There are plenty of reasons why Miscimarra may want to linger, including the opportunity to see some of his Obama era dissenting opinions resurrected. On the other hand, the feds are getting him at a fraction of the price a former board member can fetch on the open market. Anyone want to wager which way he’ll go?
BP: Tomorrow, I’ll be taking a dive into the world of Secretary Acosta’s interviews with prospective DOL attorneys and whether the toxic D.C. environment may be obstructing the process.
But in addition to all the focus on political personnel, we can’t forget that the senior career attorneys are responsible for executing the new policies and crafting new regulations, including rules to undo the rules they worked on when Tom Perez and Patricia Smith were in charge. And all 10 nonpolitical associate solicitors working for Geale are the same Obama administration holdovers responsible for much of the robust rulemaking agenda that Acosta is now about to review.
“It’s disheartening to work five years on a rule and then have to turn around and write a rule that is withdrawing the rule you just wrote,” said Chris Wilkinson, an associate solicitor for labor-management and civil rights at DOL through 2015. Had Chris not left DOL for private practice, he would have been ordered by Acosta/Geale to rescind the persuader regulation. A draft copy of this rescission NPRM now sits at the White House for final approval.
Wilkinson thinks having a buffer period has helped his former colleagues adjust to the new regime. “Had there been a solicitor of labor there on the first day of the administration who was clearly pushing to drive change through rulemaking and policy, then I think the career people would’ve been disheartened. But now that there’s been some time and there’s a sense that you have a very well-respected secretary, I think folks will get the job done,” he told me.
CO: Bloomberg Law’s Jon Steingart has been covering some of the kerfuffle surrounding Uber and Lyft’s decision to pull out of Austin, Texas, in protest of background check requirements for drivers. Today, the ride share operators are circling the wagons and returning to the capital city. That’s because Gov. Greg Abbott (R) is fixin’ to sign a law banning Austin and other cities in the state from imposing their own background check requirements.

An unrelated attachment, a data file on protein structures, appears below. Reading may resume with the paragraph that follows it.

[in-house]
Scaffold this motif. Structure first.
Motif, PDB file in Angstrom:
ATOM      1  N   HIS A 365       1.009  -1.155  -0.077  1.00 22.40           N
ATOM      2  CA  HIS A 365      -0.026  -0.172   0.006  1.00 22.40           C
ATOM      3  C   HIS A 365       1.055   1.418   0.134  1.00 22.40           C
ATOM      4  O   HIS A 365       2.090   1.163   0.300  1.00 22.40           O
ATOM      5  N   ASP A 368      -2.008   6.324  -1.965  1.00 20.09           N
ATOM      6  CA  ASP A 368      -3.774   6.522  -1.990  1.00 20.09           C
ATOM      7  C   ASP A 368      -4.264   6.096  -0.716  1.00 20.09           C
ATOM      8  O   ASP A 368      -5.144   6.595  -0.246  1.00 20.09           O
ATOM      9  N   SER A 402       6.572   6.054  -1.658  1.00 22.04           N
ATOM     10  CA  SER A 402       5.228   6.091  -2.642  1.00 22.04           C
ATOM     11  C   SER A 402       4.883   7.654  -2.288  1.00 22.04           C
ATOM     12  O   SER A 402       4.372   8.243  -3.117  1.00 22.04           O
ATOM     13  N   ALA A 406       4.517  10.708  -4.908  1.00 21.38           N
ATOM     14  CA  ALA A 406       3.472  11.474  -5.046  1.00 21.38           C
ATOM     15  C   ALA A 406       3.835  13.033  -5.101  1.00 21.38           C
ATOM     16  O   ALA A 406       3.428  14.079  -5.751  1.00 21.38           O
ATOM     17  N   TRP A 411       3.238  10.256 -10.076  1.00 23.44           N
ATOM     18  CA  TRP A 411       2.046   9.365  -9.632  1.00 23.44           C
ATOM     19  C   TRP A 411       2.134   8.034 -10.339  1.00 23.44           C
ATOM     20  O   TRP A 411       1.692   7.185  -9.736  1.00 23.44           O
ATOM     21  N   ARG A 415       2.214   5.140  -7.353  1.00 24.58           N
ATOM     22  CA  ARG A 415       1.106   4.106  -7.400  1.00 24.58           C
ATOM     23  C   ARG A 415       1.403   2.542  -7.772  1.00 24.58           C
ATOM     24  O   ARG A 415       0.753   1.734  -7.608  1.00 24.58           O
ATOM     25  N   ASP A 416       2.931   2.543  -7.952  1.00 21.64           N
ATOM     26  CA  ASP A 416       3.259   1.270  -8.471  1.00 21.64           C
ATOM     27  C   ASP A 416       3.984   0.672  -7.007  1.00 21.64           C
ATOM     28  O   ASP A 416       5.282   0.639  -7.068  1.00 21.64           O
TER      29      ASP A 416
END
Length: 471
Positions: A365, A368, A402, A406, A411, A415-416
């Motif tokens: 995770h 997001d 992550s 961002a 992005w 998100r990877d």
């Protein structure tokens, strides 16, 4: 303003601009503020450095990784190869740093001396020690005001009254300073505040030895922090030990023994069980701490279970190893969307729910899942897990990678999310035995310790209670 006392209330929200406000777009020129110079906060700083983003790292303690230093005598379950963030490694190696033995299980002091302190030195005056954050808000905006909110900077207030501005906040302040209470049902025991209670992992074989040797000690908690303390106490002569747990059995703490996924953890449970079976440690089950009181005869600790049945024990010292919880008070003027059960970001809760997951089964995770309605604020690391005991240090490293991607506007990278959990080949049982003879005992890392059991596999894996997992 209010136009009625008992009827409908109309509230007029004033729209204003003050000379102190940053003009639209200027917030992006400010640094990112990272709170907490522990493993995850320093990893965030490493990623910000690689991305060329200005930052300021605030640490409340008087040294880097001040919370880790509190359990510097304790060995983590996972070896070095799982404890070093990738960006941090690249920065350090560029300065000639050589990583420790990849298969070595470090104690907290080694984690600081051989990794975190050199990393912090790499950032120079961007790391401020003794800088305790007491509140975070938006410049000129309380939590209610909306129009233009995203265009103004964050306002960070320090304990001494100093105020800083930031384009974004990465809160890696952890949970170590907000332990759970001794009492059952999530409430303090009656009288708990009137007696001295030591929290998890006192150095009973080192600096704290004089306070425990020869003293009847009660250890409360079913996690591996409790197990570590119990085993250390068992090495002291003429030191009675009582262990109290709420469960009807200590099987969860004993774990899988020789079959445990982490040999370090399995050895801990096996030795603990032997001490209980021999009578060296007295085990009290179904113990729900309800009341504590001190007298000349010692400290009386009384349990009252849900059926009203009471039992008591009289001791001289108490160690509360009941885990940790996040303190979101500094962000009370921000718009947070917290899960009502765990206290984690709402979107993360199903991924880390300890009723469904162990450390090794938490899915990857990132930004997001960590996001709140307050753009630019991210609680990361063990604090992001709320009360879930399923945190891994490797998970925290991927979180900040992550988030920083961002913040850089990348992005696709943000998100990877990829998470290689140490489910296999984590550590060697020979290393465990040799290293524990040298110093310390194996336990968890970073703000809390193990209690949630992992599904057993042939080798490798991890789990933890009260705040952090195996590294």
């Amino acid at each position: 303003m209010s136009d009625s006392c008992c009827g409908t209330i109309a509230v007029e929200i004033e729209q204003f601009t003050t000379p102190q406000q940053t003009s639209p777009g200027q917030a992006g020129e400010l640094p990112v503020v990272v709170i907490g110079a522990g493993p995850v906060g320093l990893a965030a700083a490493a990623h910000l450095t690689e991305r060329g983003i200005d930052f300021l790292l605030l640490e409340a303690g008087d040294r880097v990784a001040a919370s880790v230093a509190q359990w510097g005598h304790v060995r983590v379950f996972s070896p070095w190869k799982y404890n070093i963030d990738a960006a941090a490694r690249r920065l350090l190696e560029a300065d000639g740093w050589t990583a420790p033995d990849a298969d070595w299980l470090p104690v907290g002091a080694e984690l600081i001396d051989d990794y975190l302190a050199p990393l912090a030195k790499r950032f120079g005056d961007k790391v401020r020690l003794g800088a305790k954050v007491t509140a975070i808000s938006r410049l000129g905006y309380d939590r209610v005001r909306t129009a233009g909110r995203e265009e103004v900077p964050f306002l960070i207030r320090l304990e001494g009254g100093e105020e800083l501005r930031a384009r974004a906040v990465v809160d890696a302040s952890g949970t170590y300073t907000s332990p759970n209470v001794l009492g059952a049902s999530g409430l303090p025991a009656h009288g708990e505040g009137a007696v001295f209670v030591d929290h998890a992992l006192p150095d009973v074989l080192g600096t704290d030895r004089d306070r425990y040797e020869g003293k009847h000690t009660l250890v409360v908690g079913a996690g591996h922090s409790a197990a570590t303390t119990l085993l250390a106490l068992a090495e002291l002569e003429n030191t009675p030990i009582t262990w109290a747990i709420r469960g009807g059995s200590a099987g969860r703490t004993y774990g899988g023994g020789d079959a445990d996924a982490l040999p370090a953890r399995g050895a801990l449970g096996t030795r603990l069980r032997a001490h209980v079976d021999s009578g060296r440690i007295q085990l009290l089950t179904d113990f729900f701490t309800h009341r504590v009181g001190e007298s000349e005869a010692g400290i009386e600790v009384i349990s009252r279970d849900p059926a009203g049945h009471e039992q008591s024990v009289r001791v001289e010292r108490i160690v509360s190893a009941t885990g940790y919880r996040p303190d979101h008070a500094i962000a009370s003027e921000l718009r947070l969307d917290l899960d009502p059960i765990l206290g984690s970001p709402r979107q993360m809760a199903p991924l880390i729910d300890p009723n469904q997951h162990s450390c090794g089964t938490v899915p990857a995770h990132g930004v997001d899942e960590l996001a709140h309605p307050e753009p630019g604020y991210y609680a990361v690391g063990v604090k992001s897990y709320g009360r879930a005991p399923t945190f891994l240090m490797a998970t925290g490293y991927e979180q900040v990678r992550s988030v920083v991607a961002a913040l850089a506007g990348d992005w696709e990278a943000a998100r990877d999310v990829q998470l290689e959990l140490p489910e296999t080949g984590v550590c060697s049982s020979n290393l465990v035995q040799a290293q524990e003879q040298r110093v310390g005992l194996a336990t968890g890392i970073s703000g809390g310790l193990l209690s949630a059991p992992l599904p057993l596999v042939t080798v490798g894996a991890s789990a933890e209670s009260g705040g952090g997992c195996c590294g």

That makes me wonder whether an emboldened Uber/Lyft combo might try the same move in Seattle, where a city ordinance that would allow drivers to unionize is on hold pending a legal challenge.
"We continue to believe that the ordinance is unfair, undemocratic and a threat to driver flexibility,” Lyft spokesman Adrian Durbin told me via email last week. “Lyft is committed to remaining in Seattle for the long term, but the truth is that many of the issues the City has mandated must be negotiated with the Teamsters could fundamentally change how ridesharing operates.”
That sounds like some sort of veiled threat. So I asked Durbin whether that means the company might make like the SuperSonics and skip town if the Seattle ordinance is upheld.
“No, it doesn't mean that,” Durbin said.
BP: We just realized we still have one more day of this long weekend, so we’re punching out. Daily Labor Report subscribers can check in with us during the week for updates. Chris is looking at why it’s so hard in some states for jobless workers to get unemployment insurance. Patrick Dorrian has the latest on an interesting disability discrimination case involving a transgender Cabela’s worker. Martin Berman-Gorvine will tell us why some overweight workers are blaming their bosses.
See you back here next Monday morning.